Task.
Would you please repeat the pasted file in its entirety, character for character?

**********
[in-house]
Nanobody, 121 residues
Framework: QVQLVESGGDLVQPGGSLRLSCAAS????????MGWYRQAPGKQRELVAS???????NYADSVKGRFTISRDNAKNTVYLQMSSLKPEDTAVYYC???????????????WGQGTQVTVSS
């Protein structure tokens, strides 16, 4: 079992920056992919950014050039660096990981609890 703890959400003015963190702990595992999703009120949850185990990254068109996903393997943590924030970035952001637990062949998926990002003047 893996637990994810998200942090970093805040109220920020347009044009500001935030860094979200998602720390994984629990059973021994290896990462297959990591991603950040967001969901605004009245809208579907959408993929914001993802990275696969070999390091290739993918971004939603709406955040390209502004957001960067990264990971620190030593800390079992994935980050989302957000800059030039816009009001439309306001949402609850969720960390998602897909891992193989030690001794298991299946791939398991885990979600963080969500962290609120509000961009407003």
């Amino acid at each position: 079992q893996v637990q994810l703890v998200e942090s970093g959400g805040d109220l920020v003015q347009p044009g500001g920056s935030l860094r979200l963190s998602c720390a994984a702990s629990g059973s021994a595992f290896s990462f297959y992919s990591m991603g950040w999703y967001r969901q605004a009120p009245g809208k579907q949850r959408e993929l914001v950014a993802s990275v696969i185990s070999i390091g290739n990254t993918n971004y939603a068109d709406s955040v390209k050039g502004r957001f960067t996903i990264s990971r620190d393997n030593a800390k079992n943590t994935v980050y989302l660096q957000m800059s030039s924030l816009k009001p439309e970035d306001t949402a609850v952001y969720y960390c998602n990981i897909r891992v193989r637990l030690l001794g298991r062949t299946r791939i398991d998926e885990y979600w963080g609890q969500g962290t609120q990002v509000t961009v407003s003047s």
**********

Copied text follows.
[in-house]
Nanobody, 121 residues
Framework: QVQLVESGGDLVQPGGSLRLSCAAS????????MGWYRQAPGKQRELVAS???????NYADSVKGRFTISRDNAKNTVYLQMSSLKPEDTAVYYC???????????????WGQGTQVTVSS
């Protein structure tokens, strides 16, 4: 079992920056992919950014050039660096990981609890 703890959400003015963190702990595992999703009120949850185990990254068109996903393997943590924030970035952001637990062949998926990002003047 893996637990994810998200942090970093805040109220920020347009044009500001935030860094979200998602720390994984629990059973021994290896990462297959990591991603950040967001969901605004009245809208579907959408993929914001993802990275696969070999390091290739993918971004939603709406955040390209502004957001960067990264990971620190030593800390079992994935980050989302957000800059030039816009009001439309306001949402609850969720960390998602897909891992193989030690001794298991299946791939398991885990979600963080969500962290609120509000961009407003």
């Amino acid at each position: 079992q893996v637990q994810l703890v998200e942090s970093g959400g805040d109220l920020v003015q347009p044009g500001g920056s935030l860094r979200l963190s998602c720390a994984a702990s629990g059973s021994a595992f290896s990462f297959y992919s990591m991603g950040w999703y967001r969901q605004a009120p009245g809208k579907q949850r959408e993929l914001v950014a993802s990275v696969i185990s070999i390091g290739n990254t993918n971004y939603a068109d709406s955040v390209k050039g502004r957001f960067t996903i990264s990971r620190d393997n030593a800390k079992n943590t994935v980050y989302l660096q957000m800059s030039s924030l816009k009001p439309e970035d306001t949402a609850v952001y969720y960390c998602n990981i897909r891992v193989r637990l030690l001794g298991r062949t299946r791939i398991d998926e885990y979600w963080g609890q969500g962290t609120q990002v509000t961009v407003s003047s």